Larynx

Last revised by Craig Hacking on 14 May 2024

The larynx is an inferior continuation of the oropharynx. It extends from the epiglottis (namely the glossoepiglottic and pharyngoepiglottic folds) to the inferior aspect of the cricoid cartilage. Inferiorly, it continues as the cervical trachea. The larynx also forms part of the upper respiratory tract.

The larynx consists of a cartilage "skeleton", as well as internal structures that are divided into three subsites, mainly for the purposes of laryngeal cancer staging:

  • supraglottic: the supraglottic lymphatic network follows the superior laryngeal artery, piercing the thyrohyoid membrane and then draining into the superior deep cervical nodes and the pre-epiglottic nodes 6

  • subglottic: the infraglottic lymphatic network drains to the inferior deep cervical nodes, following the inferior laryngeal artery, and/or the prelaryngeal (Delphian) nodes via the conus elasticus (aka the lateral cricothyroid ligaments) 6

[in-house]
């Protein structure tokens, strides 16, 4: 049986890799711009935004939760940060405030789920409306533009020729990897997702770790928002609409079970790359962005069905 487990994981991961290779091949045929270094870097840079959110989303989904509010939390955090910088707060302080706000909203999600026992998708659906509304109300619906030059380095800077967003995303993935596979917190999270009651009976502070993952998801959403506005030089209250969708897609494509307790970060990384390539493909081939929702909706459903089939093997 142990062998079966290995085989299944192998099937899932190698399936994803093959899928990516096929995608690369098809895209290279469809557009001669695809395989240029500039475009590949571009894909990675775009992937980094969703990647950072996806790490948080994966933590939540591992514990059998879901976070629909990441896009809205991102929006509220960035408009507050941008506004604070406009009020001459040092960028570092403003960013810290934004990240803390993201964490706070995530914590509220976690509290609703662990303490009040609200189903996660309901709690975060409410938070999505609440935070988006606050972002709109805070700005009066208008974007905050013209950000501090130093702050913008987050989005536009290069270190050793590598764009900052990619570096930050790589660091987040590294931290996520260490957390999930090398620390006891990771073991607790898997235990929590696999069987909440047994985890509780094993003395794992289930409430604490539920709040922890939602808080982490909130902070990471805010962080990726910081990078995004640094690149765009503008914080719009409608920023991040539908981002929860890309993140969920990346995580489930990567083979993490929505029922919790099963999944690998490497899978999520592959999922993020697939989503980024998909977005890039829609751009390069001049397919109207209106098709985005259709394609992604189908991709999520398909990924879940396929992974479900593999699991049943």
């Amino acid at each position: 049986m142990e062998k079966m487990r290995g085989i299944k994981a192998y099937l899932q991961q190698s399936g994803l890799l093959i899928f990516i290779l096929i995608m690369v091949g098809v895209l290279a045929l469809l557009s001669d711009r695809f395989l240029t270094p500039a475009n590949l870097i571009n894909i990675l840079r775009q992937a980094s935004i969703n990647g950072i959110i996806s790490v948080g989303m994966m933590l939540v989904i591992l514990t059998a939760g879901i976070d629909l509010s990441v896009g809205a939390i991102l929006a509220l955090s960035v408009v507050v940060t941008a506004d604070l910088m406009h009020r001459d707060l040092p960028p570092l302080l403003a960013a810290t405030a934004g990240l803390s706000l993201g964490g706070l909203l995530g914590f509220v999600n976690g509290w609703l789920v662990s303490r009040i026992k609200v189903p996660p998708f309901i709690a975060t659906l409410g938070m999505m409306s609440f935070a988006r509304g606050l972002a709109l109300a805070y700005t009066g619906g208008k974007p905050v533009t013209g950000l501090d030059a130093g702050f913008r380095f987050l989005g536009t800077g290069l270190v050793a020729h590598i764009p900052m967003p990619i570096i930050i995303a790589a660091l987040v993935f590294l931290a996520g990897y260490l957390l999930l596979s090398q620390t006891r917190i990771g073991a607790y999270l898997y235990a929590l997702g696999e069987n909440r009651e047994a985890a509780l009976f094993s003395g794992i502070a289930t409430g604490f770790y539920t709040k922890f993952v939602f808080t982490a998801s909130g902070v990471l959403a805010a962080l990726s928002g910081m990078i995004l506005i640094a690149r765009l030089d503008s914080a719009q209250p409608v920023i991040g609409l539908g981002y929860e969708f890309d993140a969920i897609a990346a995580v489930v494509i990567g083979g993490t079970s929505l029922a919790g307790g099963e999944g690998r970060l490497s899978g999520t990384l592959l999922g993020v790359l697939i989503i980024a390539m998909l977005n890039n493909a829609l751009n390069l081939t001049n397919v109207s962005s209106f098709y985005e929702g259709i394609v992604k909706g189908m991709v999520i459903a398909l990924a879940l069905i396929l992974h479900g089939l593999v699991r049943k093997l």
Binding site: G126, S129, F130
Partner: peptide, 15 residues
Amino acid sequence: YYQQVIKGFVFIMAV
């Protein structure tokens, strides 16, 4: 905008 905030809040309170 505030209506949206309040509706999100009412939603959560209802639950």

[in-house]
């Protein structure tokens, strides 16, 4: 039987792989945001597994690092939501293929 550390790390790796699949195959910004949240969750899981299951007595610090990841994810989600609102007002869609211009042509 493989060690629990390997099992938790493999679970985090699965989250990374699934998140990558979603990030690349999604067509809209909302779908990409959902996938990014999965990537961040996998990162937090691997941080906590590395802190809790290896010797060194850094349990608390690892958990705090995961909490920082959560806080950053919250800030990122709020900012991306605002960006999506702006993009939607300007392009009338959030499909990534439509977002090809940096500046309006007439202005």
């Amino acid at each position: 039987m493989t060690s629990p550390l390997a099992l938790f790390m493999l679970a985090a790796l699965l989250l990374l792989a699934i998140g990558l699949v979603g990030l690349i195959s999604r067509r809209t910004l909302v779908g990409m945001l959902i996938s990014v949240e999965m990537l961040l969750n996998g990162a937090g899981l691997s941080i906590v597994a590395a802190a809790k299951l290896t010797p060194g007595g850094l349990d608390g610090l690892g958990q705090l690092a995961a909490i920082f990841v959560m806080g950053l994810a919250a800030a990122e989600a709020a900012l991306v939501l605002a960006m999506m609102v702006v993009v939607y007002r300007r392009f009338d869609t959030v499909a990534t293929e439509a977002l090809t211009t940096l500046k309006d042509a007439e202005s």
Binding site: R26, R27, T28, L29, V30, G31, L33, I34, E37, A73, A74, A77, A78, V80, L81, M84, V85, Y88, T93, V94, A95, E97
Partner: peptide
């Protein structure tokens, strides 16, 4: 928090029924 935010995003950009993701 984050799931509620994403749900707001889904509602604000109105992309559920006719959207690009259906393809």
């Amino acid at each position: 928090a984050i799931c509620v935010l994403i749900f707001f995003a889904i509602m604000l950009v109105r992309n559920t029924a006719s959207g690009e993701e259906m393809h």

Both the superior and inferior deep cervical nodes then drain into the right and left jugular trunks, which subsequently empty into the right lymphatic duct and the thoracic duct on the left. 

There are two board groups of muscles that act on the larynx as a whole or individual components of the larynx:

  • the larynx is formed from the laryngotracheal groove, which is related to the caudal aspect of the floor of the primordial pharynx

  • the cartilages of the larynx develop from the 4th and 6th pharyngeal arches

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